The FinTech Revolution: A Look at Compliance

The rapid evolution of financial technology (fintech) in recent years has positively disrupted the financial services industry in terms of how banks and other institutions, such as insurance and accounting companies, as well as stock brokerages, offer services and customer experience. As nearly all customer data is being transferred from file cabinets to digital vaults, the waters are muddied as to how fintech organizations are expected to maintain compliance.

With increasing calls from both industry professionals and regulators for clear, prescriptive controls to protect sensitive information and mitigate risks, let’s take a look at how fintech companies can navigate this uncertain landscape.

Growth and Challenges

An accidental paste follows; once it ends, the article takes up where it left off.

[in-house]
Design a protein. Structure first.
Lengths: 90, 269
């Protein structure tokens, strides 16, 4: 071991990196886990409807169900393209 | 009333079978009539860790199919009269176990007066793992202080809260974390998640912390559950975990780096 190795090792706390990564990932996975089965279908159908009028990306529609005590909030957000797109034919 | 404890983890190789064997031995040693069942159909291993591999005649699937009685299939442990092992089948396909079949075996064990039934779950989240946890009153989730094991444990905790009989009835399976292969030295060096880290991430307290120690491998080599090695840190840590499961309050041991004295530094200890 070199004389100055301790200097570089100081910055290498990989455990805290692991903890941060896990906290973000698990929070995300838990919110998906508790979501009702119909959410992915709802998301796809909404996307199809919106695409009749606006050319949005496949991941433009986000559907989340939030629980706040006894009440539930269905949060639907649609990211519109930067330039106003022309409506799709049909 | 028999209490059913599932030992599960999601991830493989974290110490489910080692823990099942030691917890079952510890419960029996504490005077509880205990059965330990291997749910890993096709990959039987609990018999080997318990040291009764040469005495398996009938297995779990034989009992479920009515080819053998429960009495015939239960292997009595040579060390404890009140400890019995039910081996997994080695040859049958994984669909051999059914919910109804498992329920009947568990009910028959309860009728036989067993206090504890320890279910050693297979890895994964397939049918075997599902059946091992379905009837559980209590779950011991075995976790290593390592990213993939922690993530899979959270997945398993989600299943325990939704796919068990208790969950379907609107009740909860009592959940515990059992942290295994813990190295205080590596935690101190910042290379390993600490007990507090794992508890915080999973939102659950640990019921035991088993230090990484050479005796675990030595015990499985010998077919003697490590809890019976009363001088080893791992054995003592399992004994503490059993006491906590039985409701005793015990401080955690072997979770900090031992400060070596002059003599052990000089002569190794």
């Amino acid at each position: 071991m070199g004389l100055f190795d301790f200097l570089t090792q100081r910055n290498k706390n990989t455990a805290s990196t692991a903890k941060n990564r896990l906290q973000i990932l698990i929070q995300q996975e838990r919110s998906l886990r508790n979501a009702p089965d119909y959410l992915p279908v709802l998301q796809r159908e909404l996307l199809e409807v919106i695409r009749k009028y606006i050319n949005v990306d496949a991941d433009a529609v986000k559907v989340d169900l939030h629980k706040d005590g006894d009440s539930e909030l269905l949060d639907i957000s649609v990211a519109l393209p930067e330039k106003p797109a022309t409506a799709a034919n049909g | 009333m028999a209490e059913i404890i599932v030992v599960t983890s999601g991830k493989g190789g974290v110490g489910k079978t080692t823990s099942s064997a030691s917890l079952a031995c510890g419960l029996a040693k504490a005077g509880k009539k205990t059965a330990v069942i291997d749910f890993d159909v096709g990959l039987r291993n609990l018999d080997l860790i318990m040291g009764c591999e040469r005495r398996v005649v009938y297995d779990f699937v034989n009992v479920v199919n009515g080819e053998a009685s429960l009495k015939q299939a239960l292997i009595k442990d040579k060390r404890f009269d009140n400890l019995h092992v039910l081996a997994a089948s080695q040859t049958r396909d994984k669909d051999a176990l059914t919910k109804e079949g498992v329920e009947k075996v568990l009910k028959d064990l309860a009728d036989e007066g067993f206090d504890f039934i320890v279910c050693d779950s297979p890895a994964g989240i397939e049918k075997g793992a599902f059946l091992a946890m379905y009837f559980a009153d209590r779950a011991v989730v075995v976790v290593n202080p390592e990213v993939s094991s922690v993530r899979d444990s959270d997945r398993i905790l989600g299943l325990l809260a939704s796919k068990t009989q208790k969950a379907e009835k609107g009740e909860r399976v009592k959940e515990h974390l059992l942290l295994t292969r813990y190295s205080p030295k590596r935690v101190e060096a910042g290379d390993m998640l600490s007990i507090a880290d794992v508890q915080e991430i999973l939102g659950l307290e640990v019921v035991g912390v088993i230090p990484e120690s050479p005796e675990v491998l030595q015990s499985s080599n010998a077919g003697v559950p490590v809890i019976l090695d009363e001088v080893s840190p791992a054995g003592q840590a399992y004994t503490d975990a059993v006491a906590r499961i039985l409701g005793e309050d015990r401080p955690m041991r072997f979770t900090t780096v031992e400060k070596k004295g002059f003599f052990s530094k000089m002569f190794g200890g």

A recent survey of financial service firms by Thomson Reuters, shows that from 2016-2017 the level of involvement in assessing the implications of fintech innovation grew by 18%. Additionally, the Office of the Comptroller of the Currency (OCC) published a white paper in March 2016 announcing its intention to support fintech innovation. However, innovation is not without its challenges.

The exponential growth of the fintech industry has made it difficult for regulatory agencies, including the SEC, FDIC, FFIEC, to keep pace. As a result, fintech companies are not yet directly supervised by federal banking regulatory agencies, although they are subject to federal regulations.

Without a Paddle

While the regulations by which fintech organizations will be governed by are still being hammered out, these firms are being held to the same standards as traditional financial service institutions (FS). With an abundance of overlapping requirements within the FS industry fintech professionals are faced with a myriad of regulatory hurdles to address and overcome. However, the current lack of formal requirements within the fintech industry does not mean regulatory agencies are not diligently working to implement strict compliance standards.